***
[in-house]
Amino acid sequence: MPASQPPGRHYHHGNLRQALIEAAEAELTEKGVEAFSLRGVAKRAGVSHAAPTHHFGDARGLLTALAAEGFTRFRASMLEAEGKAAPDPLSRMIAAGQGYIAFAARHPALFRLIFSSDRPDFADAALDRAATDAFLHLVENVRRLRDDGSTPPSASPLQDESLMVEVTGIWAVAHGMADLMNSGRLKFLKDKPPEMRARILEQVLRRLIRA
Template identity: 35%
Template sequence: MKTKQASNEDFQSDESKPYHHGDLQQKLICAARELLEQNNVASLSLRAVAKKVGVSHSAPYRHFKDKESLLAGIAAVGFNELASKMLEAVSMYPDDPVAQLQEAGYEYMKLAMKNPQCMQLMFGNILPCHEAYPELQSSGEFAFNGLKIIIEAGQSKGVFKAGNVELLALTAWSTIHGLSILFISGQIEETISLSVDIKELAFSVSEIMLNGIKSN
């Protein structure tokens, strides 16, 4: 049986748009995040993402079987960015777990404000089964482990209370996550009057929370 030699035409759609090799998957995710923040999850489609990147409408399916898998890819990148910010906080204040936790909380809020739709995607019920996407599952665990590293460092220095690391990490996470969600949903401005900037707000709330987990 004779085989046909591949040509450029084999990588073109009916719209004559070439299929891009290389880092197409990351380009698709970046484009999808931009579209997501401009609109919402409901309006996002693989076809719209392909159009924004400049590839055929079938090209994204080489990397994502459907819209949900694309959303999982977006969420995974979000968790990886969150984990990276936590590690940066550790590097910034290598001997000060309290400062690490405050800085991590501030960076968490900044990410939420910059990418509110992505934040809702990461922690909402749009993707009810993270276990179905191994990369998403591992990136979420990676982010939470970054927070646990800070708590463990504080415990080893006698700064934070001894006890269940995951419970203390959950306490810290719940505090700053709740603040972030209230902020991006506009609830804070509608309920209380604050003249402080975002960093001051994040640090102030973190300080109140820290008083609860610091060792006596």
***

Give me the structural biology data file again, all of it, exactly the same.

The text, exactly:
[in-house]
Amino acid sequence: MPASQPPGRHYHHGNLRQALIEAAEAELTEKGVEAFSLRGVAKRAGVSHAAPTHHFGDARGLLTALAAEGFTRFRASMLEAEGKAAPDPLSRMIAAGQGYIAFAARHPALFRLIFSSDRPDFADAALDRAATDAFLHLVENVRRLRDDGSTPPSASPLQDESLMVEVTGIWAVAHGMADLMNSGRLKFLKDKPPEMRARILEQVLRRLIRA
Template identity: 35%
Template sequence: MKTKQASNEDFQSDESKPYHHGDLQQKLICAARELLEQNNVASLSLRAVAKKVGVSHSAPYRHFKDKESLLAGIAAVGFNELASKMLEAVSMYPDDPVAQLQEAGYEYMKLAMKNPQCMQLMFGNILPCHEAYPELQSSGEFAFNGLKIIIEAGQSKGVFKAGNVELLALTAWSTIHGLSILFISGQIEETISLSVDIKELAFSVSEIMLNGIKSN
């Protein structure tokens, strides 16, 4: 049986748009995040993402079987960015777990404000089964482990209370996550009057929370 030699035409759609090799998957995710923040999850489609990147409408399916898998890819990148910010906080204040936790909380809020739709995607019920996407599952665990590293460092220095690391990490996470969600949903401005900037707000709330987990 004779085989046909591949040509450029084999990588073109009916719209004559070439299929891009290389880092197409990351380009698709970046484009999808931009579209997501401009609109919402409901309006996002693989076809719209392909159009924004400049590839055929079938090209994204080489990397994502459907819209949900694309959303999982977006969420995974979000968790990886969150984990990276936590590690940066550790590097910034290598001997000060309290400062690490405050800085991590501030960076968490900044990410939420910059990418509110992505934040809702990461922690909402749009993707009810993270276990179905191994990369998403591992990136979420990676982010939470970054927070646990800070708590463990504080415990080893006698700064934070001894006890269940995951419970203390959950306490810290719940505090700053709740603040972030209230902020991006506009609830804070509608309920209380604050003249402080975002960093001051994040640090102030973190300080109140820290008083609860610091060792006596």